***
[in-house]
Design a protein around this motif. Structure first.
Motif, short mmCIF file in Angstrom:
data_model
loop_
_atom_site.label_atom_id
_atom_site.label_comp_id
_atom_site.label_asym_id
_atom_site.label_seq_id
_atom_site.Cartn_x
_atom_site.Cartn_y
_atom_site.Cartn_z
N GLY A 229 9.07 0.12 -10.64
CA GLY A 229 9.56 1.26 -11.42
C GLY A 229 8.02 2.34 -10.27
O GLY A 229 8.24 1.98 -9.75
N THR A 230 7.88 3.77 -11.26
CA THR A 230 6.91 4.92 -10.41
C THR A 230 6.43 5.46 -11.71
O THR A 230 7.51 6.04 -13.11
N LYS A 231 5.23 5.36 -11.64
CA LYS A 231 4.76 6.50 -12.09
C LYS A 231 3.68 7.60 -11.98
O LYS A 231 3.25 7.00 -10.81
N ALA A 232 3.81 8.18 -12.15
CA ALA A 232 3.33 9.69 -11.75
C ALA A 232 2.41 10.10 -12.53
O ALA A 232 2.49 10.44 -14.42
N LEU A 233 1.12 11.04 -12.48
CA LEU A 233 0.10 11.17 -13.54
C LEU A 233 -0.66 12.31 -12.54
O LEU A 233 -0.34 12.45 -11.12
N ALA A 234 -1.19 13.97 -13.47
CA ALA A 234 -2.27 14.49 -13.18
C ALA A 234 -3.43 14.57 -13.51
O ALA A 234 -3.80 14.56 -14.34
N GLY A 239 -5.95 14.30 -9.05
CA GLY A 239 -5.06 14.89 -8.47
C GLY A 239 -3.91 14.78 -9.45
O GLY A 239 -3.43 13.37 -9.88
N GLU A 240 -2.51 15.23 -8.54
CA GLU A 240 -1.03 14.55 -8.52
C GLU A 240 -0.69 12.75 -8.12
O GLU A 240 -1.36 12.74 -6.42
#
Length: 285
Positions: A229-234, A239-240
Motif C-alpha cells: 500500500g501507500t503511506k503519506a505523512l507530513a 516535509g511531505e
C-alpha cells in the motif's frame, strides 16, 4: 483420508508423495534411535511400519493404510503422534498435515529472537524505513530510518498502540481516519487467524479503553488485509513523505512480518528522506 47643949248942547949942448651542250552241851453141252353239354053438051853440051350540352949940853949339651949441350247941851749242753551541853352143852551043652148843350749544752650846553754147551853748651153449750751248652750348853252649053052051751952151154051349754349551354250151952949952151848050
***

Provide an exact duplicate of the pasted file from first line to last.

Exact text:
[in-house]
Design a protein around this motif. Structure first.
Motif, short mmCIF file in Angstrom:
data_model
loop_
_atom_site.label_atom_id
_atom_site.label_comp_id
_atom_site.label_asym_id
_atom_site.label_seq_id
_atom_site.Cartn_x
_atom_site.Cartn_y
_atom_site.Cartn_z
N GLY A 229 9.07 0.12 -10.64
CA GLY A 229 9.56 1.26 -11.42
C GLY A 229 8.02 2.34 -10.27
O GLY A 229 8.24 1.98 -9.75
N THR A 230 7.88 3.77 -11.26
CA THR A 230 6.91 4.92 -10.41
C THR A 230 6.43 5.46 -11.71
O THR A 230 7.51 6.04 -13.11
N LYS A 231 5.23 5.36 -11.64
CA LYS A 231 4.76 6.50 -12.09
C LYS A 231 3.68 7.60 -11.98
O LYS A 231 3.25 7.00 -10.81
N ALA A 232 3.81 8.18 -12.15
CA ALA A 232 3.33 9.69 -11.75
C ALA A 232 2.41 10.10 -12.53
O ALA A 232 2.49 10.44 -14.42
N LEU A 233 1.12 11.04 -12.48
CA LEU A 233 0.10 11.17 -13.54
C LEU A 233 -0.66 12.31 -12.54
O LEU A 233 -0.34 12.45 -11.12
N ALA A 234 -1.19 13.97 -13.47
CA ALA A 234 -2.27 14.49 -13.18
C ALA A 234 -3.43 14.57 -13.51
O ALA A 234 -3.80 14.56 -14.34
N GLY A 239 -5.95 14.30 -9.05
CA GLY A 239 -5.06 14.89 -8.47
C GLY A 239 -3.91 14.78 -9.45
O GLY A 239 -3.43 13.37 -9.88
N GLU A 240 -2.51 15.23 -8.54
CA GLU A 240 -1.03 14.55 -8.52
C GLU A 240 -0.69 12.75 -8.12
O GLU A 240 -1.36 12.74 -6.42
#
Length: 285
Positions: A229-234, A239-240
Motif C-alpha cells: 500500500g501507500t503511506k503519506a505523512l507530513a 516535509g511531505e
C-alpha cells in the motif's frame, strides 16, 4: 483420508508423495534411535511400519493404510503422534498435515529472537524505513530510518498502540481516519487467524479503553488485509513523505512480518528522506 47643949248942547949942448651542250552241851453141252353239354053438051853440051350540352949940853949339651949441350247941851749242753551541853352143852551043652148843350749544752650846553754147551853748651153449750751248652750348853252649053052051751952151154051349754349551354250151952949952151848050